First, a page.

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GNU tar

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8.1.4 GNU tar and POSIX tar

GNU tar was based on an early draft of the POSIX 1003.1 ustar standard. GNU extensions to tar, such as the support for file names longer than 100 characters, use portions of the tar header record which were specified in that POSIX draft as unused. Subsequent changes in POSIX have allocated the same parts of the header record for other purposes. As a result, GNU tar is incompatible with the current POSIX spec, and with tar programs that follow it.

We plan to reimplement these GNU extensions in a new way which is upward compatible with the latest POSIX tar format, but we don't know when this will be done.

In the mean time, there is simply no telling what might happen if you read a GNU tar archive, which uses the GNU extensions, using some other tar program. So if you want to read the archive with another tar program, be sure to write it using the `--old-archive' option (`-o').

@quote-arg {is there a way to tell which flavor of tar was used to write a particular archive before you try to read it?}

Traditionally, old tars have a limit of 100 characters. GNU tar attempted two different approaches to overcome this limit, using and extending a format specified by a draft of some P1003.1. The first way was not that successful, and involved `@MaNgLeD@' file names, or such; while a second approach used `././@LongLink' and other tricks, yielding better success. In theory, GNU tar should be able to handle file names of practically unlimited length. So, if GNU tar fails to dump and retrieve files having more than 100 characters, then there is a bug in GNU tar, indeed.

But, being strictly POSIX, the limit was still 100 characters. For various other purposes, GNU tar used areas left unassigned in the POSIX draft. POSIX later revised P1003.1 ustar format by assigning previously unused header fields, in such a way that the upper limit for file name length was raised to 256 characters. However, the actual POSIX limit oscillates between 100 and 256, depending on the precise location of slashes in full file name (this is rather ugly). Since GNU tar use the same fields for quite other purposes, it became incompatible with the latest POSIX standards.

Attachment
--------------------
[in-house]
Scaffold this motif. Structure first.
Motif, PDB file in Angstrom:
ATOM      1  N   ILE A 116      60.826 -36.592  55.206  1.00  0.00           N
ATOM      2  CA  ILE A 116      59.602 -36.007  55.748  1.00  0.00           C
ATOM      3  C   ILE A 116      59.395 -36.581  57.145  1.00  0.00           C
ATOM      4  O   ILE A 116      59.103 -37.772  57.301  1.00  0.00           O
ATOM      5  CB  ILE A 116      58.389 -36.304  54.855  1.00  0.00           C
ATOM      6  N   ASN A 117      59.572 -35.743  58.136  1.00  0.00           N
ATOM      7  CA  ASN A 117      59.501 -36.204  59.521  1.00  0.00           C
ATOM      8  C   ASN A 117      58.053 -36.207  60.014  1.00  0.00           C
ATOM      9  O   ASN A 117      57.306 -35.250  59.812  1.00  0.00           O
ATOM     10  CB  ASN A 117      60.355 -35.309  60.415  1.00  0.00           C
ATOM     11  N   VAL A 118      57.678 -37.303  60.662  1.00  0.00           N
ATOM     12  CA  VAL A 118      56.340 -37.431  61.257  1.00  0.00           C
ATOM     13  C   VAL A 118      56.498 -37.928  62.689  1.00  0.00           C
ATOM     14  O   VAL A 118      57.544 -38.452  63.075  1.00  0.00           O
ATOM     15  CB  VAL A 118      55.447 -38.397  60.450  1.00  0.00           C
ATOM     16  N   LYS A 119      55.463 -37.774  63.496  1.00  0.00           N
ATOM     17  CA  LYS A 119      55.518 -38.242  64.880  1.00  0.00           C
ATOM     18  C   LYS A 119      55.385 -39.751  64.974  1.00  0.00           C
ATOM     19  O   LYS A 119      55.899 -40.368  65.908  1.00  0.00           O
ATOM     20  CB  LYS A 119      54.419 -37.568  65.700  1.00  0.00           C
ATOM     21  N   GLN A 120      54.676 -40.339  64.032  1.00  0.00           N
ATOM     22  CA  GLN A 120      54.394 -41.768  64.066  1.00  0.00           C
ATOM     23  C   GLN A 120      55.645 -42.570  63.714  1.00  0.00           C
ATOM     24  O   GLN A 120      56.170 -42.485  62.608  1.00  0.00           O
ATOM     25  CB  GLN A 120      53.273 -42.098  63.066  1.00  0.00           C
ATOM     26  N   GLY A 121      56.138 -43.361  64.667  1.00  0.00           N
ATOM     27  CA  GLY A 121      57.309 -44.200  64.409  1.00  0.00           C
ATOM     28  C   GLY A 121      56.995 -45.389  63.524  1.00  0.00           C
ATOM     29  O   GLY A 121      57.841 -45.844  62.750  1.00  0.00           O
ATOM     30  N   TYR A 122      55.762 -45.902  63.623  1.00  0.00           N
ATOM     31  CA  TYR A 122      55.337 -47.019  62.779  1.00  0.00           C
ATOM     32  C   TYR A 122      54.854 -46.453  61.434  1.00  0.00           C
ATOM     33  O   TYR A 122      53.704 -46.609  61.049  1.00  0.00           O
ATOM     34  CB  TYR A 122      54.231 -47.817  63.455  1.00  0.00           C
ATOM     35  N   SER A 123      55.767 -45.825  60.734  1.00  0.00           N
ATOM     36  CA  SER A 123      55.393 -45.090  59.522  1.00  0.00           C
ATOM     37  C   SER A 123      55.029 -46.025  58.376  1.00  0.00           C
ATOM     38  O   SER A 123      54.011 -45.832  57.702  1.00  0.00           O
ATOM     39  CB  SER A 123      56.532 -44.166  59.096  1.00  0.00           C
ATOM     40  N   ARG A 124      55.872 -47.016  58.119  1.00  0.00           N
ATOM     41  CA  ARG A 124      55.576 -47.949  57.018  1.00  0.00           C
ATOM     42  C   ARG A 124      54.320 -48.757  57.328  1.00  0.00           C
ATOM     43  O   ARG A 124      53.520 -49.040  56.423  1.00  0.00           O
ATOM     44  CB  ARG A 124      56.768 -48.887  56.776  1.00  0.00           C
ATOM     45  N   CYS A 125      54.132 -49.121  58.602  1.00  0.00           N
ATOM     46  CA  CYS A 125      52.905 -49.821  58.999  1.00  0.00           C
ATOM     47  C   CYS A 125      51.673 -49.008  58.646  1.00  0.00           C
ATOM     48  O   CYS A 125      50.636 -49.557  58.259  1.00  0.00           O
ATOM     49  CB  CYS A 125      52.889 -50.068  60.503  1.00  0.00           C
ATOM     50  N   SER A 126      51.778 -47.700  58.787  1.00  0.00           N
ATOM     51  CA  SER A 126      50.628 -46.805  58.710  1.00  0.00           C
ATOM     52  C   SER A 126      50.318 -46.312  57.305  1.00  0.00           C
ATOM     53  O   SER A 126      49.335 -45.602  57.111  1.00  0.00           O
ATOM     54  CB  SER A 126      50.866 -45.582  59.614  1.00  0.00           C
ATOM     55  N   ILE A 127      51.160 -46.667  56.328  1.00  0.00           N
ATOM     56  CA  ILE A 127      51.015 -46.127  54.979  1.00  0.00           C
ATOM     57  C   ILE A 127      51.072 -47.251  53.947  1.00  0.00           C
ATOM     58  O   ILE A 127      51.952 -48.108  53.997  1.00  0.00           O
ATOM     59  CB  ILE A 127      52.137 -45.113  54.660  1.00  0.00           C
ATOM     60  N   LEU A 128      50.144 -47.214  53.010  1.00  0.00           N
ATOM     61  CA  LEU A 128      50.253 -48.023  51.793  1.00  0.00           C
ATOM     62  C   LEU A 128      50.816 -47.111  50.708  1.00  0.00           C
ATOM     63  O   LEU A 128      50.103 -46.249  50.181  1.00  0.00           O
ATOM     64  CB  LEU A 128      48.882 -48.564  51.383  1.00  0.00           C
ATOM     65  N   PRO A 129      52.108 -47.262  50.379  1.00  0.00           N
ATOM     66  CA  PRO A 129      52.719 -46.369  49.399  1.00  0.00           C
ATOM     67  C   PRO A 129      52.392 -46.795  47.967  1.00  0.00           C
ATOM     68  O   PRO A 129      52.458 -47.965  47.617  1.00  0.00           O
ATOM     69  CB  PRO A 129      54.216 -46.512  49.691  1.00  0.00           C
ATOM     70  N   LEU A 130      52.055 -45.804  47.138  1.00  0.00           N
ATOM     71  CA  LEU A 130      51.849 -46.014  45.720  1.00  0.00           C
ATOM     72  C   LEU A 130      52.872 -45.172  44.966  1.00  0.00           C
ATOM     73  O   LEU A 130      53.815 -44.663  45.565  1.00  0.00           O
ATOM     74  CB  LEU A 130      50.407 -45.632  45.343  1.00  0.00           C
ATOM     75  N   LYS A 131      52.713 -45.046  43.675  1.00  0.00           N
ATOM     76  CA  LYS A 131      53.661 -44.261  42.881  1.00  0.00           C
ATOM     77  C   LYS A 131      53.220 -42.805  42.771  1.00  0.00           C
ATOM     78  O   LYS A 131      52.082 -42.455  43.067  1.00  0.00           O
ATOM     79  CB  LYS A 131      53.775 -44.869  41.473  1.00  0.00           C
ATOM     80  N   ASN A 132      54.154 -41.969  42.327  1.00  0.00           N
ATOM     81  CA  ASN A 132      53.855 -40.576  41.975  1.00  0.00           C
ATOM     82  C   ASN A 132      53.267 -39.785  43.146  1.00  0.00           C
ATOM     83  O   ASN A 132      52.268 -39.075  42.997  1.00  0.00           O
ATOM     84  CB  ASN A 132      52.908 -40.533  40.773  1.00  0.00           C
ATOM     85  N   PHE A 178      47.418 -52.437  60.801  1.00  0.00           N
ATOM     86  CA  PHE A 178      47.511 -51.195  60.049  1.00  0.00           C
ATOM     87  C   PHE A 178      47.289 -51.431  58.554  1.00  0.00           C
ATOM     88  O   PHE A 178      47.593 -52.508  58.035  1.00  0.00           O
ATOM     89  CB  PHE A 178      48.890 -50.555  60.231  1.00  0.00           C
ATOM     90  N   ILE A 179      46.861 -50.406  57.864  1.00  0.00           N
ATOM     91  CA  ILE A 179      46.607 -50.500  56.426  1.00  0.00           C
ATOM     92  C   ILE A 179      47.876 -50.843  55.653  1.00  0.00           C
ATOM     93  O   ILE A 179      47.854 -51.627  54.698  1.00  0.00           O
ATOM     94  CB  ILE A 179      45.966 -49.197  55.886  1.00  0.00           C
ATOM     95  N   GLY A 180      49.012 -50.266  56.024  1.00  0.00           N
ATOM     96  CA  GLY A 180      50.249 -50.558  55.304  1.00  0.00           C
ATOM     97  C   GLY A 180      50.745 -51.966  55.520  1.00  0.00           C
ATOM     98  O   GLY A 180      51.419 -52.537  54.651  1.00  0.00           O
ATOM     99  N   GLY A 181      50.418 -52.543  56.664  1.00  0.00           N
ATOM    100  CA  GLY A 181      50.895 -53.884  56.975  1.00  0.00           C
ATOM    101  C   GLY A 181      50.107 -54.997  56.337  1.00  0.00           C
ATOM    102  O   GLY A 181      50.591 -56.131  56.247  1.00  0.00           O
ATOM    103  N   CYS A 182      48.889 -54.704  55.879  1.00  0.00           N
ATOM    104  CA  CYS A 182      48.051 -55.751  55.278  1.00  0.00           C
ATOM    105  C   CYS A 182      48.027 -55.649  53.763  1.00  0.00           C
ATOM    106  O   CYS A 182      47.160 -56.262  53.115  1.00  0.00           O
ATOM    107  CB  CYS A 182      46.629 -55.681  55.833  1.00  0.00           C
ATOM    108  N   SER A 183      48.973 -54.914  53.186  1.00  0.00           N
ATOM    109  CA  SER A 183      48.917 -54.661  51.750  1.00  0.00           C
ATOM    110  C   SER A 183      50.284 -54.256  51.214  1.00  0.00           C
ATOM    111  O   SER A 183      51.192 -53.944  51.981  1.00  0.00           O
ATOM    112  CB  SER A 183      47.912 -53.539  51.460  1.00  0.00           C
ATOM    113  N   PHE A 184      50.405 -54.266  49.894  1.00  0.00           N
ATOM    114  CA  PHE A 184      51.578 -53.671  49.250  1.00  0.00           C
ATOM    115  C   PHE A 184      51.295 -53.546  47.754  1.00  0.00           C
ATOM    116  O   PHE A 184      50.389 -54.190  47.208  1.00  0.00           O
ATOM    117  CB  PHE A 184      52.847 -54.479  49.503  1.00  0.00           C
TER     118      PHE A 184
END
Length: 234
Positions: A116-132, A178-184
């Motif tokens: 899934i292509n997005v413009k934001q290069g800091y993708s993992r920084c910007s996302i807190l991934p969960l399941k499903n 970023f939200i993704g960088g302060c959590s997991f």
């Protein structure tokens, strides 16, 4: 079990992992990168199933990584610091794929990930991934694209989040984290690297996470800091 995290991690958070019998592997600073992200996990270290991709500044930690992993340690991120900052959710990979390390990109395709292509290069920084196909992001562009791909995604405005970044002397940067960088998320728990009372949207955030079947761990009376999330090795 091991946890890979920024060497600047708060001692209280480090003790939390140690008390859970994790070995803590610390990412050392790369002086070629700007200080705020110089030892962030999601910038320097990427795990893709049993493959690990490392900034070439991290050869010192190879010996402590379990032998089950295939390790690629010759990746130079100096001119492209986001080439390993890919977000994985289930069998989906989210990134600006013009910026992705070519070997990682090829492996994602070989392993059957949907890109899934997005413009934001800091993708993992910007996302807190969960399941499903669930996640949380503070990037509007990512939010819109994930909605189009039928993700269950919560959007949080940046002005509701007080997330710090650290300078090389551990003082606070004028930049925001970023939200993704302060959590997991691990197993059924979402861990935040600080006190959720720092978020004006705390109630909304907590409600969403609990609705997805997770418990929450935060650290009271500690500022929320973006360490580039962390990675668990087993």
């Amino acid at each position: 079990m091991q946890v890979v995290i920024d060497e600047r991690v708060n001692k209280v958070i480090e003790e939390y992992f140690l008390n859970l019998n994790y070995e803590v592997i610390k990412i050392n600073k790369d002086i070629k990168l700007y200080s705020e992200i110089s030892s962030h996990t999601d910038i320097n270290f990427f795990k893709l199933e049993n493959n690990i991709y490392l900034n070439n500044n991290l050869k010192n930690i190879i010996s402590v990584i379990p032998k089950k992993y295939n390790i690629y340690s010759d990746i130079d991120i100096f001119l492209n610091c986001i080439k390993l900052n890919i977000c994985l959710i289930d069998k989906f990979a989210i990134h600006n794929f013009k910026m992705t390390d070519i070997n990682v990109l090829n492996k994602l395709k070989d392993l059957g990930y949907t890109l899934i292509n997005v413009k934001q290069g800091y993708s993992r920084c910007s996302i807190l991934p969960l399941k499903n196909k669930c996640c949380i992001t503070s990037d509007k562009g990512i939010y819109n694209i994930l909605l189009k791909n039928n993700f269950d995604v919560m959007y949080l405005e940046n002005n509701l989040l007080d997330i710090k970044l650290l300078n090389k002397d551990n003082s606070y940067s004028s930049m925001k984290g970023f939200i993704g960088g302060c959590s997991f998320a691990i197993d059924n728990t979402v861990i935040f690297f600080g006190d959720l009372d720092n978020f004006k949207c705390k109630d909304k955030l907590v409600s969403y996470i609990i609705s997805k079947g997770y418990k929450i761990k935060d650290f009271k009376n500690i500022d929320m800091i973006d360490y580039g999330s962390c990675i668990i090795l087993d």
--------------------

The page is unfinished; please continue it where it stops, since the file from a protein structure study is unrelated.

For longer or non-fitting file names, we plan to use yet another set of GNU extensions, but this time, complying with the provisions POSIX offers for extending the format, rather than conflicting with it. Whenever an archive uses old GNU tar extension format or POSIX extensions, would it be for very long file names or other specialities, this archive becomes non-portable to other tar implementations. In fact, anything can happen. The most forgiving tars will merely unpack the file using a wrong name, and maybe create another file named something like `@LongName', with the true file name in it. tars not protecting themselves may segment violate!

Compatibility concerns make all this thing more difficult, as we will have to support all these things together, for a while. GNU tar should be able to produce and read true POSIX format files, while being able to detect old GNU tar formats, besides old V7 format, and process them conveniently. It would take years before this whole area stabilizes...